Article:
Association of Opioid Metabolism with Aberrant Drug-Related Behaviors among Non-Malignant Chronic Pain Patients
An estimated 100 million Americans suffer from some form of chronic pain. Chronic opioid therapy (COT) use in non-malignant chronic pain patients (NMCPP) has markedly increased over the past two decades due to growing consensus that COT is suitable for the treatment of moderate-to-severe non-malignant chronic pain. Yet, COT for NMCPP has been widely associated with multiple aberrant drug-related behaviors (ADRB) such as misuse, abuse, diversion, addiction, and pseudoaddiction. One reason for the relative high incidence of ADRB among NMCPP on COT may be genetics-induced medication response variability, which, can result in pharmacotherapy failure and/or toxicity The present study evaluated the relationships between opioid metabolizer status (OMS) (caused by inter-personal genetic variability in opioid metabolism) and ADRB such as illicit substance abuse and prescription opioid misuse. Pharmacogenetic testing (PGT) was used to categorize patient OMS, whereas urine drug testing (UDT) identified relevant ADRB. To test the study’s hypothesis, retrospective categorical data from an assembled cohort of NMCPP on COT was retrieved from a Pain Management Clinic’s electronic medical records system (EMR). PGT and UDT results were cross-tabulated and analyzed with the Pearson Chi-square test for difference in proportions. Confounding and effect modification were dealt with by the inclusion of suspect variables Race/Ethnicity and Sex in a logistic regression model. The results of the study showed that there was no statistically significant association between opioid metabolizer status and aberrant drug-related behaviors nor between the two suspect confounding variables and aberrant drug-related behaviors.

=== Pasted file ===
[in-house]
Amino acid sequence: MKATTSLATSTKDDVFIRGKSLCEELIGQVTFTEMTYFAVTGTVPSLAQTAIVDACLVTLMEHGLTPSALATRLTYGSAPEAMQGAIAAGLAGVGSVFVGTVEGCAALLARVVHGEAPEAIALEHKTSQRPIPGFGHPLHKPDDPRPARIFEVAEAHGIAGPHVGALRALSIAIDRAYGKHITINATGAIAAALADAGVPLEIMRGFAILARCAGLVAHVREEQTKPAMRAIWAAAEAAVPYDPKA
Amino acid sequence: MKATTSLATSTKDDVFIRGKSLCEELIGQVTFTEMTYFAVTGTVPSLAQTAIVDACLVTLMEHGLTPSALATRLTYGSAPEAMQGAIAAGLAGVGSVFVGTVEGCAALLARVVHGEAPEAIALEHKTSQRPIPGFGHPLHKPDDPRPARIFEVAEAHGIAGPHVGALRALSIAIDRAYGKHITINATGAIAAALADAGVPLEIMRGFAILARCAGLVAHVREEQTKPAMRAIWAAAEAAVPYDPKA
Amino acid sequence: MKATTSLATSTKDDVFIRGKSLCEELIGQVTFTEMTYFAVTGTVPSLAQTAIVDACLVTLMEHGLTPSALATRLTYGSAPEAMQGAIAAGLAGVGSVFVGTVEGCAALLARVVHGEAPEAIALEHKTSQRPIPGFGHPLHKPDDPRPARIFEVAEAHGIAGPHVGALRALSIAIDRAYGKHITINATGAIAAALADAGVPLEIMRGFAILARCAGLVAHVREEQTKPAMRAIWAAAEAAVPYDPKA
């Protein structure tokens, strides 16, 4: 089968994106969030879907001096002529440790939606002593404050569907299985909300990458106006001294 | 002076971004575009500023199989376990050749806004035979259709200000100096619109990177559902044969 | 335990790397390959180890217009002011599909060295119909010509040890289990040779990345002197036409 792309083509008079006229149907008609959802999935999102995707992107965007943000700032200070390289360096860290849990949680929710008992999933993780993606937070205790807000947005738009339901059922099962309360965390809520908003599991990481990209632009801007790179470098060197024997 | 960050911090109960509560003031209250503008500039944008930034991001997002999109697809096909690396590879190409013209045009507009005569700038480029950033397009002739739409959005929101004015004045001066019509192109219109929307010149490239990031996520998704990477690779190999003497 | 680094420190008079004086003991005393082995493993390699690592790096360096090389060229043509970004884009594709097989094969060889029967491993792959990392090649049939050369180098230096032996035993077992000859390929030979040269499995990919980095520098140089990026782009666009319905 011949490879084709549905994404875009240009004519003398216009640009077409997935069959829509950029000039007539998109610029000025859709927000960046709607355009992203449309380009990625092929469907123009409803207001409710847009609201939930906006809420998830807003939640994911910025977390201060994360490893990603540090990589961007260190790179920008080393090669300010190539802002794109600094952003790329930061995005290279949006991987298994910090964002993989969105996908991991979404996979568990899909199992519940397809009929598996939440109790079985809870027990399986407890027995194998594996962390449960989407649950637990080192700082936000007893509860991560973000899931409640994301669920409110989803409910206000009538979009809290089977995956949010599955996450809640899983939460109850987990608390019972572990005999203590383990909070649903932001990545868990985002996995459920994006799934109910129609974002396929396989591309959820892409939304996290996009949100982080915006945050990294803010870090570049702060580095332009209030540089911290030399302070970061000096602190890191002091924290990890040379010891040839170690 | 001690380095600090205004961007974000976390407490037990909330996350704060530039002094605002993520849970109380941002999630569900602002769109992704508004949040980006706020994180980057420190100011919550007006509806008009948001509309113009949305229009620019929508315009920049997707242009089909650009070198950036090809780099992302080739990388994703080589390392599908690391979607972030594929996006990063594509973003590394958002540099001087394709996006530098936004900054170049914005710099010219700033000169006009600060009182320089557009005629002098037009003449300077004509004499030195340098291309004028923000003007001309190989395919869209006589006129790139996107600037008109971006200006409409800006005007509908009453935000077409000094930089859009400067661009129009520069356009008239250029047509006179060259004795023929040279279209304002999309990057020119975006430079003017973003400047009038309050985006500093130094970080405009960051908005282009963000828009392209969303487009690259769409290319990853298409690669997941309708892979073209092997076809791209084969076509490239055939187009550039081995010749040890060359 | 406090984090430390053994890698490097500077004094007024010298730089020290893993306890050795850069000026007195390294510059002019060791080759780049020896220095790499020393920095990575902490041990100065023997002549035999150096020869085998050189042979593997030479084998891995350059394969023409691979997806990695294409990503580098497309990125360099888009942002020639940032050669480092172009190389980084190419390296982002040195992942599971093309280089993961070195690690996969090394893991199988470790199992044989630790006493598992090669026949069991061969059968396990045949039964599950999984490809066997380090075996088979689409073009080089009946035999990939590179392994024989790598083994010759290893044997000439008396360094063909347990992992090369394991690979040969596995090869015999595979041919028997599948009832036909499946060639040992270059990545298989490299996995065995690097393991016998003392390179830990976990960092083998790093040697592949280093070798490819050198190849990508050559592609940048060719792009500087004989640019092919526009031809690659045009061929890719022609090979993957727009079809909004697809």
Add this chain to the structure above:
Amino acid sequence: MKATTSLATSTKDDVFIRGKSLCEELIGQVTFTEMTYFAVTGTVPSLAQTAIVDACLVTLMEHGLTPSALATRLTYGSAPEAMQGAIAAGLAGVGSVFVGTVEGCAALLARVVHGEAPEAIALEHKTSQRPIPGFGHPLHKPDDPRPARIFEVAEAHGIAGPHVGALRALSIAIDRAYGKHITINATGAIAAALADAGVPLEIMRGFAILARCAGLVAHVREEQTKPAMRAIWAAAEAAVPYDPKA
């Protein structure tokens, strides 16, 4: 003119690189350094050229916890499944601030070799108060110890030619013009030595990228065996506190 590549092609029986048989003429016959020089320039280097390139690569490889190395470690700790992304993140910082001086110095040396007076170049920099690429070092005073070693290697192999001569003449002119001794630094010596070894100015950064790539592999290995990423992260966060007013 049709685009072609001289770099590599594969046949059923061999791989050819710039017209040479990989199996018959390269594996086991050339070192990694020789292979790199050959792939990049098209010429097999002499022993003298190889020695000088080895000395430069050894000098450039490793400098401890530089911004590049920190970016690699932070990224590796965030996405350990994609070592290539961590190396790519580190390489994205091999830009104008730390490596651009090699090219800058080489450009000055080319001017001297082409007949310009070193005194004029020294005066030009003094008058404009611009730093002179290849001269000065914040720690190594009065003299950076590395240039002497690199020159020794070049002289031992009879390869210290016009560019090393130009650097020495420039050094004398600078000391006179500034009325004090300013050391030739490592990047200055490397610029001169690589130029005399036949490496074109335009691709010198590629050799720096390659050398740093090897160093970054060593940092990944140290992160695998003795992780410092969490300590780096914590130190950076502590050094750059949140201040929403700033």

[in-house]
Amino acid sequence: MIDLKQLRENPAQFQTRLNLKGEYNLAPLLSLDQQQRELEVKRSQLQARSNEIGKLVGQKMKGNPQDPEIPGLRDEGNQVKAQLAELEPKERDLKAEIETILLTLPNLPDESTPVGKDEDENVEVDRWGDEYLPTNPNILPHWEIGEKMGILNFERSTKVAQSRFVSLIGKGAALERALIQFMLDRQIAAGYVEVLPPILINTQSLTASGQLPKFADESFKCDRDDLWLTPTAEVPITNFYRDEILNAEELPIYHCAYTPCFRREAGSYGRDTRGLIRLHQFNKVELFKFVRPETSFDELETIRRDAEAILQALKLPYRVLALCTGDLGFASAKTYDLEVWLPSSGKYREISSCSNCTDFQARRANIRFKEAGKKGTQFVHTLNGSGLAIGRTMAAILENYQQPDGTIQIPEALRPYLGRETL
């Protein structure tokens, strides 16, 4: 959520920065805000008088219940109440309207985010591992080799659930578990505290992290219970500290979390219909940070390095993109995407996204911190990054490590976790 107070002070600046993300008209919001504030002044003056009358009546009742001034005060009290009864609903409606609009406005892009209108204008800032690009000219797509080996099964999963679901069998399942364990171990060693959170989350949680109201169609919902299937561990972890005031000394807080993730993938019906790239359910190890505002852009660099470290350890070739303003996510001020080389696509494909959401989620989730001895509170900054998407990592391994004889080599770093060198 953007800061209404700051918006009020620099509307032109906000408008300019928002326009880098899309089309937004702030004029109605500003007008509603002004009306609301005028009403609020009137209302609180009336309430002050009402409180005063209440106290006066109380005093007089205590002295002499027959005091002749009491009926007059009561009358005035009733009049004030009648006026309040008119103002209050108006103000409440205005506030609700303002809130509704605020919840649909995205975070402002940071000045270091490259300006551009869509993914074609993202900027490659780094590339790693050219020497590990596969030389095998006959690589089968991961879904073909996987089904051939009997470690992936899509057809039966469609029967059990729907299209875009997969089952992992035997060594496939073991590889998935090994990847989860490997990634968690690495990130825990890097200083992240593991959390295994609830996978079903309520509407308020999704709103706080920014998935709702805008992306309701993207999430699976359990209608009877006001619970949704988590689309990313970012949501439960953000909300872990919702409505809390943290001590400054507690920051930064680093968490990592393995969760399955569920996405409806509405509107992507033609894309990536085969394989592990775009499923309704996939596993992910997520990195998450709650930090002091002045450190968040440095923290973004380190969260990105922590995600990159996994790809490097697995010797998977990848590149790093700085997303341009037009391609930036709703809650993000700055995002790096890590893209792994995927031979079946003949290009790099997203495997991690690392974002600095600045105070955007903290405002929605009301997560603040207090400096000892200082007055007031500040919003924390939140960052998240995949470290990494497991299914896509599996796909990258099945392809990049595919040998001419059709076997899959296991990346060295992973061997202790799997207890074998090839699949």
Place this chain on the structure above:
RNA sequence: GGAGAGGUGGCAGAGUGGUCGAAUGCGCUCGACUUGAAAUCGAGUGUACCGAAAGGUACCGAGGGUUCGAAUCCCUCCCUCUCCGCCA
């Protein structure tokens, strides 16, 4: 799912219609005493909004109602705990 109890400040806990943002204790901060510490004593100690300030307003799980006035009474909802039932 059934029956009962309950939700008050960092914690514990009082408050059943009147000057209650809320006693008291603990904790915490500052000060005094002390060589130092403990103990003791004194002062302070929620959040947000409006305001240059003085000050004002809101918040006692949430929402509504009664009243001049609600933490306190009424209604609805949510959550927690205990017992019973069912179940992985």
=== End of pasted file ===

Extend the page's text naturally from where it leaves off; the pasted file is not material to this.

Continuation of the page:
Aguila, Eduardo, "Association of Opioid Metabolism with Aberrant Drug-Related Behaviors among Non-Malignant Chronic Pain Patients" (2018). ETD Collection for University of Texas, El Paso. AAI10933157.